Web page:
Fort Rock in Lake County, Oregon — The American West (Northwest)
Fort Rock, towering above you to the north and west, is one of Oregon's most interesting geologic features. Geologists believe it was formed near the end of the Ice Age some 10,000 to 12,000 years ago during a period of frequent volcanic activity in Central Oregon. Molten lava rising from deep within the earth came into contact with water-saturated rocks beneath a shallow lake which then covered Fort Rock Valley. The resulting steam produced a rapid series of volcanic explosions which hurled large quantities of hot ash and rock fragments into the air. This debris fell in a circular pattern around the volcanic vent, forming a ring which may have reached a height of 500 feet. Geologists feel that formations such as Fort Rock may have formed in a relatively short period of time – from a few days to a few months.
When the volcano had ceased to erupt, the ring of ash and rock fragments was hardened by heat and pressure into its present-day, brick-like form. The geologic term for the type of rock which forms Fort Rock is "tuff", and the circular formation of the rock is known as a "tuff ring".
Whipped by the wind, waves from the lake which covered Fort Rock Valley began to erode the walls of Fort Rock. Because the prevailing winds were mostly from the southwest, this side of the tuff ring
It is also believed that wave action produced the vertical cliffs on the outside of the rock, many of which are over 200 feet high. Slumping of the rock walls and further erosion by wind and rain during the last 10,000 years have reduced the present height of Fort Rock to about 325 feet at its highest point. The formation is about one-third of a mile in diameter.
As the Ice Age ended, much of South-Central Oregon was inundated by large lakes. The lake which covered Fort Rock Valley stretched eastward over 40 miles to Christmas Lake Valley and Fossil Lake, and south almost 30 miles to Silver Lake, reaching a depth of 200 feet. It contained fish, including species similar to the present-day Chinook Salmon. Camels, mammoths, mastodons, horses, bison, and other animals of the Ice Age grazed along the grassy lakeshore; and birds, including flamingos and waterfowl, inhabited the shallow waters along the lake's edge.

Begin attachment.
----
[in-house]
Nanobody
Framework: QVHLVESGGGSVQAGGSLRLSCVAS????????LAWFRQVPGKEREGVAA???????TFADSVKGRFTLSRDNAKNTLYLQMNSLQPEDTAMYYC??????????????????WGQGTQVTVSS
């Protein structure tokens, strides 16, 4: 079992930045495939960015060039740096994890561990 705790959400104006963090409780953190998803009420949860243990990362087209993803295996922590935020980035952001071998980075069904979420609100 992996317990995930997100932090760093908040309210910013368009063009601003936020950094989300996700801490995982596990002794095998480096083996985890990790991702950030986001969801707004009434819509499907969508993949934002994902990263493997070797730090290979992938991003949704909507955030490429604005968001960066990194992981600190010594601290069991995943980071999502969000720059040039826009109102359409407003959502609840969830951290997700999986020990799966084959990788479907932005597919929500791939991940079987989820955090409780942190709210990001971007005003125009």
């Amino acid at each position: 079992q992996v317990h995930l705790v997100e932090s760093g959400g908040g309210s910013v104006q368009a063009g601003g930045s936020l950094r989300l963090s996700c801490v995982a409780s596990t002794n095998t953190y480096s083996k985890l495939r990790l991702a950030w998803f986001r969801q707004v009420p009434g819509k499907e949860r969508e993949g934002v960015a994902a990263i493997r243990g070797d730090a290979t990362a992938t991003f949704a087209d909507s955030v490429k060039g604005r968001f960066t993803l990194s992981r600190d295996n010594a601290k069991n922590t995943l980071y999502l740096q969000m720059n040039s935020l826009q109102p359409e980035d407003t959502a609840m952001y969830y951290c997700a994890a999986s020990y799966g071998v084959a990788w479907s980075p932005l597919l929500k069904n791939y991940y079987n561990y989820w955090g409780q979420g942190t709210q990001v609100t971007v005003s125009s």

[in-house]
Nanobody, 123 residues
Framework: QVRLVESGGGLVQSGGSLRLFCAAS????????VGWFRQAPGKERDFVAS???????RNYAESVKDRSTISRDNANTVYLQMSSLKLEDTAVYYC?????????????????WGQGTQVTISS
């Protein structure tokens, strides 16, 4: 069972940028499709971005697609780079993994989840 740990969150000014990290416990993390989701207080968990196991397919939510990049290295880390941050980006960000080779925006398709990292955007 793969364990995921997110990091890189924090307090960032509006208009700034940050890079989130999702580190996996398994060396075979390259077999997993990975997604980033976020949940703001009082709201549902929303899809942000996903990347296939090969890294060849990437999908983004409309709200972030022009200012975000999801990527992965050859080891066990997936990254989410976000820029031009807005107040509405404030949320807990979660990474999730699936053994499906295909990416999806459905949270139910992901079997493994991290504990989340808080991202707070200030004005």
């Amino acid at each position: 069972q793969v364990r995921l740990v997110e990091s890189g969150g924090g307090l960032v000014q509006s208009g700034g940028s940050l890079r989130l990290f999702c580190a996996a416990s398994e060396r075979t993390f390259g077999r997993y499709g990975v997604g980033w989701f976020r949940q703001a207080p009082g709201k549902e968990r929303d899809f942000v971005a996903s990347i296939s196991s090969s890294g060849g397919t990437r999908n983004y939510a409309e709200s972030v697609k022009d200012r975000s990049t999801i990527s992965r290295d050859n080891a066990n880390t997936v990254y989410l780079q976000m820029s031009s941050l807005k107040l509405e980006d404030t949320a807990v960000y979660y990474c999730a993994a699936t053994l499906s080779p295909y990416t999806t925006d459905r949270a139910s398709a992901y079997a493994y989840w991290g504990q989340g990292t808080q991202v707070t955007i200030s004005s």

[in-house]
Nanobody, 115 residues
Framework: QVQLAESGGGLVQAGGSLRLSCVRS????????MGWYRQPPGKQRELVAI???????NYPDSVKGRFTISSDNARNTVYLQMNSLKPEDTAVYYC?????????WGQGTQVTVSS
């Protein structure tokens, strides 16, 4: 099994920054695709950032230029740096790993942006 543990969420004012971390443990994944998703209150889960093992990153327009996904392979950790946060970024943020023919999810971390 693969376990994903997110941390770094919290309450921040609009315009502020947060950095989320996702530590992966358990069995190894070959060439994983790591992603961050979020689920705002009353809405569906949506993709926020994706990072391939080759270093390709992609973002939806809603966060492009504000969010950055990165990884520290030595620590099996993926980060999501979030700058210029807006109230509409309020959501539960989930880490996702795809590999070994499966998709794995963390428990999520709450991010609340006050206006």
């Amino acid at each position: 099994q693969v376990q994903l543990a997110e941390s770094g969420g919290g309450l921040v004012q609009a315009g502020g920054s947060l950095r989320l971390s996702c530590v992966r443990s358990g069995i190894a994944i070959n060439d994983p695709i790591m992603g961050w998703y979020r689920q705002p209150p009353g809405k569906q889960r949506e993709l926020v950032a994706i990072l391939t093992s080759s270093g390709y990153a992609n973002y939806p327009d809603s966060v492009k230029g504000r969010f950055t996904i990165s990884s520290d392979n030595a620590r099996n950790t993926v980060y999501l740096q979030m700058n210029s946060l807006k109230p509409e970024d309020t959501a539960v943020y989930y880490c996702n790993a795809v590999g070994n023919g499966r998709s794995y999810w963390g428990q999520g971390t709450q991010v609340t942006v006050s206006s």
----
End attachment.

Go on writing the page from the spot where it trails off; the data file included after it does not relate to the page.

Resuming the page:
Early-day man lived here too, in rocky caves overlooking the lake. Sagebrush sandals discovered by archeologists in a nearby cave have been radio-carbon dated at more than 10,000 years, the oldest evidence of human habitation in Oregon.
Eventually, the vast lakes of this region dried up as the climate changed, resulting in the arid, sagebrush-covered terrain which is typical of the Fort Rock area today.
Stories of the use of Fort Rock by settlers as a defensive position against Indian attacks have appeared over the years, although none have ever been substantiated. It is believed that Fort Rock was named by William Sullivan, a rancher who settled in Central Oregon in 1873. His reason for naming the prominent landmark "Fort Rock" was a logical one – the high, rocky walls and circular formation gave it the appearance of a large natural fort.
Location. 43° 22.403′ N, 121° 3.981′ W. Marker is in Fort Rock, Oregon, in Lake County. Marker can be reached from County Road 5-11A west of Cabin Lake Road. Touch for map. Marker is in this post office area: Fort Rock OR 97735, United States of America.
Other nearby markers. At least 8 other markers are within 2 miles of this marker, measured as the crow flies. Reuban A. "Reub" Long (here, next to this marker); Fort Rock State Park (within shouting distance of this marker); The Birth of a Tuff Ring (within shouting distance of this marker); Cowboy, Horseman, Philosopher (within shouting distance of this marker); The First People of Fort Rock (within shouting distance of this marker); A Path to the Past (approx. 1.3 miles away); Claiming the Desert (approx. 1.3 miles away); Home Sweet Home (approx. 1.3 miles away). Touch for a list and map of all markers in Fort Rock.
Categories. • Anthropology • Native Americans • Settlements & Settlers •
Credits. This page was last revised on February 2, 2018. This page originally submitted on February 1, 2018, by Cosmos Mariner of Cape Canaveral, Florida. This page has been viewed 65 times since then and 2 times this year. Photos: 1, 2. submitted on February 1, 2018, by Cosmos Mariner of Cape Canaveral, Florida. • Andrew Ruppenstein was the editor who published this page.